if(digitalRead(button)==HIGH){
  lcd.setCursor(10,0);
  randNumber = random(1, 30);
  lcd.print(randNumber);
  delay(50);
}
  // Serial.println(current_time/thousand);
  cm = microsecondsToCentimeters(duration);
  Serial.print(cm);
  Serial.print("cm");
  Serial.println();
  Serial.println(randNumber);
  delay(100);
 
  if (cm < 70) {
    timeNow = millis();    // this is actually where the millis timer start
  }
 
  if (cm == randNumber) {
    timeLast = timeNow;
  }
 
  if (timeNow - timeLast <= period) {
    score++;
    Serial.println(timeNow);
    Serial.println(timeLast);
    Serial.println(timeNow - timeLast);
  } else if (timeNow - timeLast > period){
    score--;
    Serial.println(timeNow - timeLast);  // show the millis DIFFERENCE
    timeLast = timeNow; // "IMPORTANT" synchronize the times for the next loop
  }
 
  // get distance
  // if ((cm < 70) && (isInZone == false)) {
  //   time1 = millis();
  //   delay(50);
  //   Serial.println("time1");
  //   Serial.println(time1);
  //   Serial.println();
  //   isInZone=true;
  // }
 
  // if ((cm == randNumber) && (isInZone == true)) {
  //   time2 = millis();
  //   Serial.println("time2");
  //   Serial.println(time2);
  //   Serial.println();
  // }
 
  // if (time2-time1 <= 2000 && isInZone == true) {
  //   score++;
  //   isInZone=false;
  // } else if (time2 - time1 > 2000 && isInZone == true){
  //   score--;
  //   isInZone=false;
  // }
 
  lcd.setCursor(1,1);
  lcd.print("Score:");
  lcd.print(score);
  delay(100);
 
  // lcd.setCursor(1,1);
  // lcd.print("Time:");
  // lcd.setCursor(7,1);
  // lcd.print(time+"s");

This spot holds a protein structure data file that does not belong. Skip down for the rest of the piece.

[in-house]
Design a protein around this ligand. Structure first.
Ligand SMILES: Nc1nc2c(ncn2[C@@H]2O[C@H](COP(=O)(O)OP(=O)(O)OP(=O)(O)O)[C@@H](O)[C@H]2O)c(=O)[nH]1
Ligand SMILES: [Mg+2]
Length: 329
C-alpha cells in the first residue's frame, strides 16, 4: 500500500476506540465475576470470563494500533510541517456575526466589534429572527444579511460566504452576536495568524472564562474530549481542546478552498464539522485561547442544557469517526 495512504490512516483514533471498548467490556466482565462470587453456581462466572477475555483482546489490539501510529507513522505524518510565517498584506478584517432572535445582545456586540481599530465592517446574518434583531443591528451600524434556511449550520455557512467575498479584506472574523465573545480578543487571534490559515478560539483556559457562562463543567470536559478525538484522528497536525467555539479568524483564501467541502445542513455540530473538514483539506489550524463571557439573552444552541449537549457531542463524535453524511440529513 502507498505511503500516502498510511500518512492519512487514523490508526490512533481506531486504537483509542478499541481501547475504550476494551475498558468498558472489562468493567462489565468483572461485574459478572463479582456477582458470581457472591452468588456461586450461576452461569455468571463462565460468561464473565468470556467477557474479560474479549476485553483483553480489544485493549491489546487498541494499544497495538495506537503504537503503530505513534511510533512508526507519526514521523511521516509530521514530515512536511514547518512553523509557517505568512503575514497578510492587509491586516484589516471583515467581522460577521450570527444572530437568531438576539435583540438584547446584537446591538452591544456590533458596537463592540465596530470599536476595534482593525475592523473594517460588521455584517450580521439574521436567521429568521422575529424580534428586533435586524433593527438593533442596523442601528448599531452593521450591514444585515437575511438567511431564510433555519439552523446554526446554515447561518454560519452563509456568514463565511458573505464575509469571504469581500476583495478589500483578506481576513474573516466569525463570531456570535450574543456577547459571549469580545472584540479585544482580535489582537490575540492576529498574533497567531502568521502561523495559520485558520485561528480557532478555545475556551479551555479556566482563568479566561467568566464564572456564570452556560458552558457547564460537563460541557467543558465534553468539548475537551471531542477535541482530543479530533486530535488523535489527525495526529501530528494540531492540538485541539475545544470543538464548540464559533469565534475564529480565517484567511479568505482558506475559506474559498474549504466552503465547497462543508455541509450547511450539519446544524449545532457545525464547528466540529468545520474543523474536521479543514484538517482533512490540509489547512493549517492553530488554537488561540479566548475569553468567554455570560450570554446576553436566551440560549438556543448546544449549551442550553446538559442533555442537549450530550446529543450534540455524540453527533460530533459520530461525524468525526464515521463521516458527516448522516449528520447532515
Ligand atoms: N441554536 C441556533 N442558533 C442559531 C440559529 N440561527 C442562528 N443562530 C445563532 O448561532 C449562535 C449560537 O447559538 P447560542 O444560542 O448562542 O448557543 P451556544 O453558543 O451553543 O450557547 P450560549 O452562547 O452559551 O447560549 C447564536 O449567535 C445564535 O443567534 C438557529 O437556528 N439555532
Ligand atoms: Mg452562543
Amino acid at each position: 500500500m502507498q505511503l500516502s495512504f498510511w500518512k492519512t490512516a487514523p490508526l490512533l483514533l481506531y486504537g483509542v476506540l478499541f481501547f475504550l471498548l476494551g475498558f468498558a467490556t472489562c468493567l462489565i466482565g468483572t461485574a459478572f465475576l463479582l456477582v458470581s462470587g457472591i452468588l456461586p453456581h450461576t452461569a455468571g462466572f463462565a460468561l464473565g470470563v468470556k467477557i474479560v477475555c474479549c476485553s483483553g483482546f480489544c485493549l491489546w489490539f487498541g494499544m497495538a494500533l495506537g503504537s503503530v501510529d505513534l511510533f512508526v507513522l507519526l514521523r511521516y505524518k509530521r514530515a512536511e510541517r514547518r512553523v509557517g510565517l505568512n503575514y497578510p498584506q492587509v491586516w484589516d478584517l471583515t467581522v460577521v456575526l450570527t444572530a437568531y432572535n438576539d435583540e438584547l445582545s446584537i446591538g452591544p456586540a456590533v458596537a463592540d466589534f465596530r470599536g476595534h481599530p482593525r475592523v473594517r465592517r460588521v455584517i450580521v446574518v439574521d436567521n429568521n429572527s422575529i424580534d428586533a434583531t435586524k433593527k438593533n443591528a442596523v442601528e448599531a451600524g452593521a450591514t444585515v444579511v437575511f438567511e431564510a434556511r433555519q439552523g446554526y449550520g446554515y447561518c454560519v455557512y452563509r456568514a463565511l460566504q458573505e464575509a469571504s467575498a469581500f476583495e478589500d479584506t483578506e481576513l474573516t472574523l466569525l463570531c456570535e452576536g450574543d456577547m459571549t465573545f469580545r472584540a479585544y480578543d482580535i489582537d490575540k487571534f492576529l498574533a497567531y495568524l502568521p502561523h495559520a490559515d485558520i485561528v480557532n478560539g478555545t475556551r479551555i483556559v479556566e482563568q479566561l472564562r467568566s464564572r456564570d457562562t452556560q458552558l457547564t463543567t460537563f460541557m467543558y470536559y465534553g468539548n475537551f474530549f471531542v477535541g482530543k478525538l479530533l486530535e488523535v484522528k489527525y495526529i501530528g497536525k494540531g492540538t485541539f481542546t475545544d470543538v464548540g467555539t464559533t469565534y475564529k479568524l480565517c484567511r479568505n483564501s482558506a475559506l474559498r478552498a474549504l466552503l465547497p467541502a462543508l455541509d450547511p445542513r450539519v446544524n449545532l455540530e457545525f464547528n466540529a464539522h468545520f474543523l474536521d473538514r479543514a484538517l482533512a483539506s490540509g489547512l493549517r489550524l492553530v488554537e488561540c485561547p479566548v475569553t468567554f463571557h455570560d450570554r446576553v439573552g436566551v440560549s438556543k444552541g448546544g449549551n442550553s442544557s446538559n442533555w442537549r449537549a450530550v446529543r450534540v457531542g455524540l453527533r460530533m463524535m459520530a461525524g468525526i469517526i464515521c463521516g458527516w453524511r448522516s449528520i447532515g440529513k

// delay(50);
}

long microsecondsToCentimeters(long microseconds) {
  // The speed of sound is 340 m/s or 29 microseconds per centimeter.
  // The ping travels out and back, so to find the distance of the
  // object we take half of the distance travelled.
  // this code is also taken from https://www.instructables.com/id/Measuring-Distance-Over-Time-With-Arduino-HC-SR04-/
   return microseconds / 29 / 2;
}

nobodylikeswasps

hey guys, as the title says, im trying to grab two different instances of millis(), instead of the continuous millis(). any idea whats wrong in my code?

Code: [Select]
#include <Wire.h>
#include <LiquidCrystal_I2C.h>
#include <TimeLib.h>

LiquidCrystal_I2C lcd(0x27,16,2);  // set the LCD address to 0x27 for a 16 chars and 2 line display

const int trigPin = 5; // Trigger Pin of Ultrasonic Sensor
const int echoPin = 4; // Echo Pin of Ultrasonic Sensor
unsigned long time1;
unsigned long time2;
unsigned long timeStart;
int button =6;
int score =0;
bool isInZone=false;
// float current_time = 0;
// float thousand = 1000;

long randNumber;

void setup()
{
  Serial.begin(9600); // Starting Serial Terminal
  randomSeed(analogRead(0));
  timeStart = millis();
  lcd.init();                      // initialize the lcd
  // Print a message to the LCD.
  lcd.backlight();
  lcd.setCursor(1,0);
  lcd.print("Distance:");
  delay(50);
  lcd.setCursor(12,0);
  lcd.print("cm");
  delay(50);
}


void loop()
{
  // The sensor is triggered by a HIGH pulse of 10 or more microseconds.
  // Give a short LOW pulse beforehand to ensure a clean HIGH pulse:
  long duration, inches, cm;
  pinMode(trigPin, OUTPUT);
  digitalWrite(trigPin, LOW);
  delayMicroseconds(2);
  digitalWrite(trigPin, HIGH);
  delayMicroseconds(10);
  digitalWrite(trigPin, LOW);
  // Read the signal from the sensor: a HIGH pulse whose
  // duration is the time (in microseconds) from the sending
  // of the ping to the reception of its echo off of an object.
  pinMode(echoPin, INPUT);
  duration = pulseIn(echoPin, HIGH);
  // current_time = millis();
  // the code above is taken from
  // https://www.instructables.com/id/Measuring-Distance-Over-Time-With-Arduino-HC-SR04-/^^
 

    if(digitalRead(button)==HIGH){
    lcd.setCursor(10,0);
    randNumber = random(1, 30);
    lcd.print(randNumber);
    delay(50);
  }
 
  // Serial.println(current_time/thousand);
  cm = microsecondsToCentimeters(duration);
  Serial.print(cm);
  Serial.print("cm");
  Serial.println();
  Serial.println(randNumber);
  delay(100);
 
  // get distance
  if ((cm < 70) && (isInZone == false)) {
    time1 = millis();
    delay(50);
    Serial.println("time1");
    Serial.println(time1);
    Serial.println();